Motivational processes in physical education and objectively measured physical activity among adolescents



Grounded in self-determination theory (SDT), the present study tested how students’ perceptions of autonomy support from physical education teachers predicts objectively measured moderate-to-vigorous physical activity (MVPA) of adolescents. According to SDT, it was expected that psychological needs and autonomous and controlled forms of motivation would mediate these relationships.


Students (n = 397) aged from 11 to 15 years in 17 different schools filled in questionnaires regarding SDT variables. In addition, objective MVPA was measured using an accelerometer (ActiGraph GT3X; ActiGraph, Pensacola, FL, USA) for 7 days. Structural equation modelling was used to examine the hypothesized relationships among the study variables.


The theory-based model showed a good fit with the data: χ2 = 642.464, df = 257; comparative fit index = 0.932; non-normed fit index = 0.921; root mean square error of approximation = 0.062; root mean square error of approximation 90% confidence interval: 0.054–0.067. As hypothesized, there was a significant and positive direct relationship between autonomy support and need satisfaction (β = 0.81, p = 0.001). In turn, need satisfaction positively predicted intrinsic motivation (β = 0.86, p = 0.001). Intrinsic motivation was positively related to MVPA (β = 0.29, p = 0.009). A significant indirect effect (β = 0.20, p = 0.004) supported the mediating role of psychological need satisfaction and intrinsic motivation in the relationship between perceived autonomy support and objectively measured MVPA.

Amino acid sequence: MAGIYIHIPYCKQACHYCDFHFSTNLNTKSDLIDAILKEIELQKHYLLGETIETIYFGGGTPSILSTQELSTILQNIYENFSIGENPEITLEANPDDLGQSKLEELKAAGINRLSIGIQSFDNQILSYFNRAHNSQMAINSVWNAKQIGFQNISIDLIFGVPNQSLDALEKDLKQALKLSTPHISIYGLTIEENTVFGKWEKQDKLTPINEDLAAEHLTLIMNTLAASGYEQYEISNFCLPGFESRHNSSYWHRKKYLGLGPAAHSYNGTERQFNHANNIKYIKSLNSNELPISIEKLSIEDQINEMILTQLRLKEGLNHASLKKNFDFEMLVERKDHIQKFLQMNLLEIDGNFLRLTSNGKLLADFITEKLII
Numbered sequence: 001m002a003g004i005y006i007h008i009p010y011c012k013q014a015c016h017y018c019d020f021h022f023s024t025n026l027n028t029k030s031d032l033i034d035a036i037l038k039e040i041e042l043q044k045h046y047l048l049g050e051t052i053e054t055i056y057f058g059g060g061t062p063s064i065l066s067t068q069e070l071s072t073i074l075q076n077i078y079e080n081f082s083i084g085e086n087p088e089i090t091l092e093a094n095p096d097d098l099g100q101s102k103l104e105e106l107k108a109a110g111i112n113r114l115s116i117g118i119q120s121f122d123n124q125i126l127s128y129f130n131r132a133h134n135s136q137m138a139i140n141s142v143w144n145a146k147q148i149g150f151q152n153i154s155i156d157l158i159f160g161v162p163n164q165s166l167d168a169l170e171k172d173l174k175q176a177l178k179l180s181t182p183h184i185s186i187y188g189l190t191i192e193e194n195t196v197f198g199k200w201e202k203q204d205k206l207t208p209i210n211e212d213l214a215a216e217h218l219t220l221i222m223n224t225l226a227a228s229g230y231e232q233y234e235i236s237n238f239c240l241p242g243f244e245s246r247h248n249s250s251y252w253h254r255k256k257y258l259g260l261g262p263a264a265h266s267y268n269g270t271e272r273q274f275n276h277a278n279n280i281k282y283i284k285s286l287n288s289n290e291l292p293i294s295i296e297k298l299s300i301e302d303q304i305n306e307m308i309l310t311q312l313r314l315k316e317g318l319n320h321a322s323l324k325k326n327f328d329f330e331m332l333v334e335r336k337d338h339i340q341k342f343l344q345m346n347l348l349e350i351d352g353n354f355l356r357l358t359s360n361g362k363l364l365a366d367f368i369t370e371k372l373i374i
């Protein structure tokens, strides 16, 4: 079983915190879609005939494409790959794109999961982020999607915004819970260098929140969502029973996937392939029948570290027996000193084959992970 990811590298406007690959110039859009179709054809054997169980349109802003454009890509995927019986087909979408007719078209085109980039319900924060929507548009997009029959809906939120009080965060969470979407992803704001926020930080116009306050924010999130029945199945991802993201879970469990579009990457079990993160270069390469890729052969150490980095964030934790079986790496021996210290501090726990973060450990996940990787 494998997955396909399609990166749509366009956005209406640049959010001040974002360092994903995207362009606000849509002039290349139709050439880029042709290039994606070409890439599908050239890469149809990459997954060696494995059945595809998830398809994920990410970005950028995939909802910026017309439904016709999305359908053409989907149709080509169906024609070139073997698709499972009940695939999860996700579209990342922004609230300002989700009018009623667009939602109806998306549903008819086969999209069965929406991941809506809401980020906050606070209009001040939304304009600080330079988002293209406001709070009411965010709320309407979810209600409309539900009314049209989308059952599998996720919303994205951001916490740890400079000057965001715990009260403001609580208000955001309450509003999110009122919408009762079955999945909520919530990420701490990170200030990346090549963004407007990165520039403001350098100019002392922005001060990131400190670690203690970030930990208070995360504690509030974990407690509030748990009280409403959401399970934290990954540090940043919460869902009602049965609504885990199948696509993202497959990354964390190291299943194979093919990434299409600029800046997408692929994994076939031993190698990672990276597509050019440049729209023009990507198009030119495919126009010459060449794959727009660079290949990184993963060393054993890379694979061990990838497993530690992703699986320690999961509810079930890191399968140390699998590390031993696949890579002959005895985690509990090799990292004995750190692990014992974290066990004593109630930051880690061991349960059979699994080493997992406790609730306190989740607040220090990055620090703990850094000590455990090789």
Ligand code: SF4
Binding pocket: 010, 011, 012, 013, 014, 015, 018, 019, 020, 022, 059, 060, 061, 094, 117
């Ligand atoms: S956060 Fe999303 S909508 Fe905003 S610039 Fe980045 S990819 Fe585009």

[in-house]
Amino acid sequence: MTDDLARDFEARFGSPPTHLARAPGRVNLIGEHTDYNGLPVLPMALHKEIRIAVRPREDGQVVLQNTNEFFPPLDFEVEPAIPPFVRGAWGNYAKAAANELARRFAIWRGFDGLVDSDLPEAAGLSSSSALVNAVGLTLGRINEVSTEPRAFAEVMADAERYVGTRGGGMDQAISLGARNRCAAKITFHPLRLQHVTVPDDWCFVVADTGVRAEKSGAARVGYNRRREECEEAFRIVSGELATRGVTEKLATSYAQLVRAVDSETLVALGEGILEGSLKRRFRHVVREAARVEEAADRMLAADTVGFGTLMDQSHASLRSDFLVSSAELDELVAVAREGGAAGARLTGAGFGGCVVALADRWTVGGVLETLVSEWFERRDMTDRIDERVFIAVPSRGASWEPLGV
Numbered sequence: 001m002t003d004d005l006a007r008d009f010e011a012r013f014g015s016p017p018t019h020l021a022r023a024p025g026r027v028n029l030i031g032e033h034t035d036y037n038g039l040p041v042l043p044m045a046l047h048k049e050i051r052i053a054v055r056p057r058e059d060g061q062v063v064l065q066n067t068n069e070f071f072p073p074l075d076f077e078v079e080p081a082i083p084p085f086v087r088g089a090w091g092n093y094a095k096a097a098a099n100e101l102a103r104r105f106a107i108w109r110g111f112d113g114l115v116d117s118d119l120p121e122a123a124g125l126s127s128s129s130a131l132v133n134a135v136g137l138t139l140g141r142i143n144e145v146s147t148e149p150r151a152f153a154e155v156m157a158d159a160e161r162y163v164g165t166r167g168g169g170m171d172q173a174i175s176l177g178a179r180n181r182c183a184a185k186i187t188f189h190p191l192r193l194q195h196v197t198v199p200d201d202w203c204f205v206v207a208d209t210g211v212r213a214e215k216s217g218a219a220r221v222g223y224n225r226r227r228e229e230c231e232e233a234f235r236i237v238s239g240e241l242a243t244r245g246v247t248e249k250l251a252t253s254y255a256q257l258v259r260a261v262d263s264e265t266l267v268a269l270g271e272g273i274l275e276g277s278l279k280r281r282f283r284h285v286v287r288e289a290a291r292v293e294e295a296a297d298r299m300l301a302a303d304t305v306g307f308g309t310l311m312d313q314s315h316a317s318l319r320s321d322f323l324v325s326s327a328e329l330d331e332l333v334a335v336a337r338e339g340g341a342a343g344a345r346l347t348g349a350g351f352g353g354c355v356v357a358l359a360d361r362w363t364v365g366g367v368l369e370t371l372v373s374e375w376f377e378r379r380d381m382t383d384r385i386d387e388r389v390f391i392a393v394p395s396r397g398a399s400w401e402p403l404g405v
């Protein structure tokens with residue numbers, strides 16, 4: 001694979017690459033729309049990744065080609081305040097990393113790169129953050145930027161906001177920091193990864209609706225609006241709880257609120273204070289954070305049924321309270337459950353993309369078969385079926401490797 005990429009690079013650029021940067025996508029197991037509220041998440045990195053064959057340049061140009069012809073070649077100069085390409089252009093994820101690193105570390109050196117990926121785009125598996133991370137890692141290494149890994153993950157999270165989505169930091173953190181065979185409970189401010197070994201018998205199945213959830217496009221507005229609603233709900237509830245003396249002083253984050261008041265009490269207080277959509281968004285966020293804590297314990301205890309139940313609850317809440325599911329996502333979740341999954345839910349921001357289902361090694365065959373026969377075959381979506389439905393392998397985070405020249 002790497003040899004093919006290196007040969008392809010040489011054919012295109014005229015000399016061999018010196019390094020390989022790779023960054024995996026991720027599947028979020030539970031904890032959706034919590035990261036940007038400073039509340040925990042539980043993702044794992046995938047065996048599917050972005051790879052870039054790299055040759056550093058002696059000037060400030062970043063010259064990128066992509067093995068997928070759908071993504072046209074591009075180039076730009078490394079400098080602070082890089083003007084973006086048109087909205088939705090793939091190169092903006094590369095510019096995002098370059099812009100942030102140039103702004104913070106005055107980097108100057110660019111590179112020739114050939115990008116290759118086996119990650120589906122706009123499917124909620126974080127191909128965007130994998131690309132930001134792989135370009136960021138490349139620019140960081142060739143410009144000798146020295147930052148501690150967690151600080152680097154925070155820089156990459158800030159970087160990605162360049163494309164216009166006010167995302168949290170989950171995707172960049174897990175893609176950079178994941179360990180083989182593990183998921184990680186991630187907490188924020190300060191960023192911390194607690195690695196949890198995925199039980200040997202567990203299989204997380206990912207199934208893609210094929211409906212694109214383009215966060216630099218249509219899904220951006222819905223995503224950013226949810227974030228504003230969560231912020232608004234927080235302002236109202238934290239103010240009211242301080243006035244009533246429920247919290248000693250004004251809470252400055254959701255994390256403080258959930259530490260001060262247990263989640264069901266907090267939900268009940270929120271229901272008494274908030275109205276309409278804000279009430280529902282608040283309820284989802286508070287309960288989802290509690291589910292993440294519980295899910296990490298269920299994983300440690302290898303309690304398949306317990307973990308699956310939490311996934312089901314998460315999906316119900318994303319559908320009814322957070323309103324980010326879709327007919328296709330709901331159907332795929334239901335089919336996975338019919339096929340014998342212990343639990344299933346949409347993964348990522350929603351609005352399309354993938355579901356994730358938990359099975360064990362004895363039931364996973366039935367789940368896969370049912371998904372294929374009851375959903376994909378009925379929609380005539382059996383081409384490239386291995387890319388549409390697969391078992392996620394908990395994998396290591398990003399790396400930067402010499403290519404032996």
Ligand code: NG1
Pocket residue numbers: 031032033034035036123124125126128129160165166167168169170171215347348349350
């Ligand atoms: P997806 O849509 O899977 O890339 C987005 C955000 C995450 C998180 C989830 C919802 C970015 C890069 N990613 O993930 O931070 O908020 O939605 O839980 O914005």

The findings of the current study support the applicability of the SDT-based model in explaining the antecedents of objectively measured MVPA of adolescents. To enhance adolescents’ daily MVPA, special focus should be put on increasing their intrinsic motivation toward physical education.